A new Seattle City Council proposal to grant RVs amnesty from parking tickets is similar to the wrongheaded idea of opening parks to homeless tents, and it deserves a similar rejection.

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TWO out of five unsheltered homeless people in King County live in a vehicle. That fact has been mostly lost in the last few years, especially in Seattle, as tent cities became the locus of superheated homeless politics.

Seattle has done a lousy job getting the vehicle campers into permanent shelter. That goal must be the North Star for county and city homeless-response efforts. Car camping, like tent camping, is a Band-Aid, not a solution. Get people inside.

Yet Seattle City Council Councilmember Mike O’Brien now proposes to stand down enforcement of parking laws for homeless vehicles, if they’re parked in industrial lands. This new plan is in the same vein as last year’s wrongheaded plan to de-police homeless tent camps in city parks. A deluge of protests by Seattle voters killed the tent camping plan; this one deserves a similar response.

An early draft of O’Brien’s proposal, earlier last week, would have given a sweeping break from parking fines for people camping in cars and RVs. O’Brien released a narrower version on Thursday, with a one-year parking ticket amnesty for RVs in industrial zones.

Both plans miss the point. Homeless camping, in vehicles or tents, is a system failure in this affluent city. Get people inside.

How to do that? A task force on homeless vehicle camping, convened by O’Brien, recommended expanding a successful type of outreach, called Navigation teams. The existing team, focused on tent campers, makes repeated one-on-one contact with campers, offering an array of help, including housing. If the housing offer is declined, the tent can be removed and the camper’s belongings stored.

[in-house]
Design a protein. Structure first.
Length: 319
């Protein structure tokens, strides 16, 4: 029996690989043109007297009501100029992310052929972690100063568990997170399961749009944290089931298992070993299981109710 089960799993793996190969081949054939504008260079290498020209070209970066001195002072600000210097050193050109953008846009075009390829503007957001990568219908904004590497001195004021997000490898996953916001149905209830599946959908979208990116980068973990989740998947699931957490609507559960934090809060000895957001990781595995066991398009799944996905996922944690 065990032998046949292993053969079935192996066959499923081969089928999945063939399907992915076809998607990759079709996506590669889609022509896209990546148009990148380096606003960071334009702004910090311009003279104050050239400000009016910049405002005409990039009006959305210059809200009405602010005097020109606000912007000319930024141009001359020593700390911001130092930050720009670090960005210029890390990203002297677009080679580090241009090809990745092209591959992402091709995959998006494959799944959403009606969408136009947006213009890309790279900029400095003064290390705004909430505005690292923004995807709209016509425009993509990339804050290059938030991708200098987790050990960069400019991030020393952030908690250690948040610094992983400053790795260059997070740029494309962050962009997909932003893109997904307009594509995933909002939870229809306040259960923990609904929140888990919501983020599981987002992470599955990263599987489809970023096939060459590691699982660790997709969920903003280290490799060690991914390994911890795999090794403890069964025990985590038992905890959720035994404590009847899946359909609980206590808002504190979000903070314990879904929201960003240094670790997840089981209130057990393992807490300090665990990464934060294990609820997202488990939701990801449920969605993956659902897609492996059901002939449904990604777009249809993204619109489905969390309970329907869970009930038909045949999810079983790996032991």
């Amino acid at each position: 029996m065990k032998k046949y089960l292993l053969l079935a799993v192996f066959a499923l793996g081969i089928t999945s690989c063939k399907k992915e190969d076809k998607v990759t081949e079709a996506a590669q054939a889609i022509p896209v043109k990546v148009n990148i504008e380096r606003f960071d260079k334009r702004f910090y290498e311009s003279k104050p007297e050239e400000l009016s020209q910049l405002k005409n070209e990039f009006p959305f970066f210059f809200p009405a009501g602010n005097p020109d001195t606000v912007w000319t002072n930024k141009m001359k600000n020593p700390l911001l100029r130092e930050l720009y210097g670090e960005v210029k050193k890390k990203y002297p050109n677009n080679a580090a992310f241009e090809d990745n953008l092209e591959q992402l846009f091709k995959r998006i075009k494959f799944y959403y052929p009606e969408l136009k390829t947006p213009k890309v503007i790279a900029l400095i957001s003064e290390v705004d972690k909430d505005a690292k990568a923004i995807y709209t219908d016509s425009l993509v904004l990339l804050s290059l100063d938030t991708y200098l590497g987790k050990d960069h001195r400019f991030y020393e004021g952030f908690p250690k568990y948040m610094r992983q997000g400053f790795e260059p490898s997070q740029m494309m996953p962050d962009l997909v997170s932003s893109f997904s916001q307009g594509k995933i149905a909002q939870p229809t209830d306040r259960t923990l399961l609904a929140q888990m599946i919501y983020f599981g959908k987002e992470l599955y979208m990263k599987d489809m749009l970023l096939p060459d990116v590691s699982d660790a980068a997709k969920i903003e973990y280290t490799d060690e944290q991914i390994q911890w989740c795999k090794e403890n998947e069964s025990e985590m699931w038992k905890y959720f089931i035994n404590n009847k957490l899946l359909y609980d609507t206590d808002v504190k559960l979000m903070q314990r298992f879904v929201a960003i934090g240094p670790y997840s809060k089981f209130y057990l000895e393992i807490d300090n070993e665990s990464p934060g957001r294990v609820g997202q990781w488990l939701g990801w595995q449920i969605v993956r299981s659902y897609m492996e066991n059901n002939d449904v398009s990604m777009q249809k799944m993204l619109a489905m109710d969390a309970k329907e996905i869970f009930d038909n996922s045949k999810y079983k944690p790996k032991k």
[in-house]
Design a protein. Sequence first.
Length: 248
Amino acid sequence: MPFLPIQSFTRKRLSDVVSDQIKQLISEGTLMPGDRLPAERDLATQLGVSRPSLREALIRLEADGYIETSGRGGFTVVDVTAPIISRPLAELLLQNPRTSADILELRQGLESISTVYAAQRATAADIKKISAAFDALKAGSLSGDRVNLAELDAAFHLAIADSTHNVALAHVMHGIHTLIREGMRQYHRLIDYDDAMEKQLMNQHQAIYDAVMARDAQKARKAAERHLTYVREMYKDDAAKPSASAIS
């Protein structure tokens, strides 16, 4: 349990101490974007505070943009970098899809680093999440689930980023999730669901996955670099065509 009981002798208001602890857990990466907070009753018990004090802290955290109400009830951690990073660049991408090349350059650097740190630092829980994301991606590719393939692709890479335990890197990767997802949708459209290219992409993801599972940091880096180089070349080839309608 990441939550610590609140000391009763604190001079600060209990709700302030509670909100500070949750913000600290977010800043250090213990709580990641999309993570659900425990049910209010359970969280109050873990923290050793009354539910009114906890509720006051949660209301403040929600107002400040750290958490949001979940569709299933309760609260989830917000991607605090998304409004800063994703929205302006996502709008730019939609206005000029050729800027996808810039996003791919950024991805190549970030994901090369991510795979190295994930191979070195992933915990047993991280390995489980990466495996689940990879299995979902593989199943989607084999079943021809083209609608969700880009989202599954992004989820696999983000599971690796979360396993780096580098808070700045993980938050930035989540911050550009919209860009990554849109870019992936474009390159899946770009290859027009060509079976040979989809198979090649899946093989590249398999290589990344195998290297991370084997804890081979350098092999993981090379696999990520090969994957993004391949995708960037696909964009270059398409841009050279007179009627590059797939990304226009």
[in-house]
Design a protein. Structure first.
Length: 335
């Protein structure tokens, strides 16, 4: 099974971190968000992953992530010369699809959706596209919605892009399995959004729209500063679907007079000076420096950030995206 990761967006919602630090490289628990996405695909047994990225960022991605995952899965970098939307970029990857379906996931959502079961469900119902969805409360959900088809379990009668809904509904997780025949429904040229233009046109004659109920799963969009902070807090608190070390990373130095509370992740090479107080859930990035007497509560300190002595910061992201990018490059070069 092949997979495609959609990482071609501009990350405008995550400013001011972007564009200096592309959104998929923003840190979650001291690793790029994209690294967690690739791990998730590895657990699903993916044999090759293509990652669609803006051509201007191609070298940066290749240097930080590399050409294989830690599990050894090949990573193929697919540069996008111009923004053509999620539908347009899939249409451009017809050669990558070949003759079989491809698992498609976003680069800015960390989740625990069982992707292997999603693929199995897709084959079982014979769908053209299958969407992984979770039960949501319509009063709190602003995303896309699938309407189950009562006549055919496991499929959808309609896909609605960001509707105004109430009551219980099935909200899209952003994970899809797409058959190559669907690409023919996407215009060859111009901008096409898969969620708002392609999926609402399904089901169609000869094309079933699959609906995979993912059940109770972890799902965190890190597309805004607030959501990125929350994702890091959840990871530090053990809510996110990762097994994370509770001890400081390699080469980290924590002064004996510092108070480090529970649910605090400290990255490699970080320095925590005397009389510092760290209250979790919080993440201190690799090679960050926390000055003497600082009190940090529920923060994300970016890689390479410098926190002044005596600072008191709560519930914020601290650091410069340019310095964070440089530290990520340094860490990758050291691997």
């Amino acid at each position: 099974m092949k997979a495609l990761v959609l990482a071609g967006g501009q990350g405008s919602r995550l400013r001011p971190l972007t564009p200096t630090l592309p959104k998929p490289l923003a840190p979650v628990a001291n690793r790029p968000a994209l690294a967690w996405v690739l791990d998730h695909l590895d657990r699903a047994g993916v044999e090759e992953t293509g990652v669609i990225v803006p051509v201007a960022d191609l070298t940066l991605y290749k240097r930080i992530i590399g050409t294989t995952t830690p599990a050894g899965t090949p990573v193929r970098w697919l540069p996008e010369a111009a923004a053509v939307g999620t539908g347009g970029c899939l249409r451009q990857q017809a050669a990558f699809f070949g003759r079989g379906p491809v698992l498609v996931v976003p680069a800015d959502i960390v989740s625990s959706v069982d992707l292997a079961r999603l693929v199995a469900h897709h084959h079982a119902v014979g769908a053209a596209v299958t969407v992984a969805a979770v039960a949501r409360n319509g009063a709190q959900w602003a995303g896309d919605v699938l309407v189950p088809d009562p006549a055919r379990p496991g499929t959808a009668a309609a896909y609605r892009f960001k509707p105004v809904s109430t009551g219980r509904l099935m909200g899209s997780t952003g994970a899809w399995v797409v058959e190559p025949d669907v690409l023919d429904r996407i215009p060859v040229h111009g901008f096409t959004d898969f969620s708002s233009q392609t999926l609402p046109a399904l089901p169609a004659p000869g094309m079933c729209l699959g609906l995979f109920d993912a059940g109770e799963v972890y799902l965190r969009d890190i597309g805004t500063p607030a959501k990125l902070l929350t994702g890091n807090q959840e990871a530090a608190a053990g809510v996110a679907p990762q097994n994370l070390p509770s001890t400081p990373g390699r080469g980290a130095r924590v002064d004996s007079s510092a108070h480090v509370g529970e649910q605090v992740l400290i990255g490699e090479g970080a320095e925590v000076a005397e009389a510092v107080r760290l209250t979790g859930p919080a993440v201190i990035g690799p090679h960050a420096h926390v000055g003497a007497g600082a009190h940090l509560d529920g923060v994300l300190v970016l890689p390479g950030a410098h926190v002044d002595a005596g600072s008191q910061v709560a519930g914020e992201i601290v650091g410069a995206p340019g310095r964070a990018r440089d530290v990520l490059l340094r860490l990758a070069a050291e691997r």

The outreach approach works because it is coupled with the threat of having the tent removed. It is compassionate, but firmly devoted to the larger goal of bringing people indoors. A similar approach must be applied to vehicles, especially RVs.

The task force also recommended a big expansion of sanctioned homeless camping car and RV lots. That approach makes sense only if the lots are effectively short-term train stations to get homeless vehicle campers into permanent housing. They also have to be more cost-effective than version 1.0, which cost an astonishing $1,700 per RV per month.

Seattle is on track this fall to rebid all of the services in its huge $50 million-plus homeless system, and add accountability benchmarks for city contracts. This retooling is badly overdue, and one of Mayor Ed Murray’s best ideas to confront homelessness. If the Seattle City Council grants parking amnesty, it moves in the exact opposite direction.

Advocates for the homeless describe O’Brien’s approach as humanitarian, and tend to portray the thousands of people who complain each month about illegally parked homeless cars and RVs as heartless.

That, again, misses the point. It is heartless to turn a blind eye — and turn off parking enforcement — for homeless car and RV campers. Get people inside.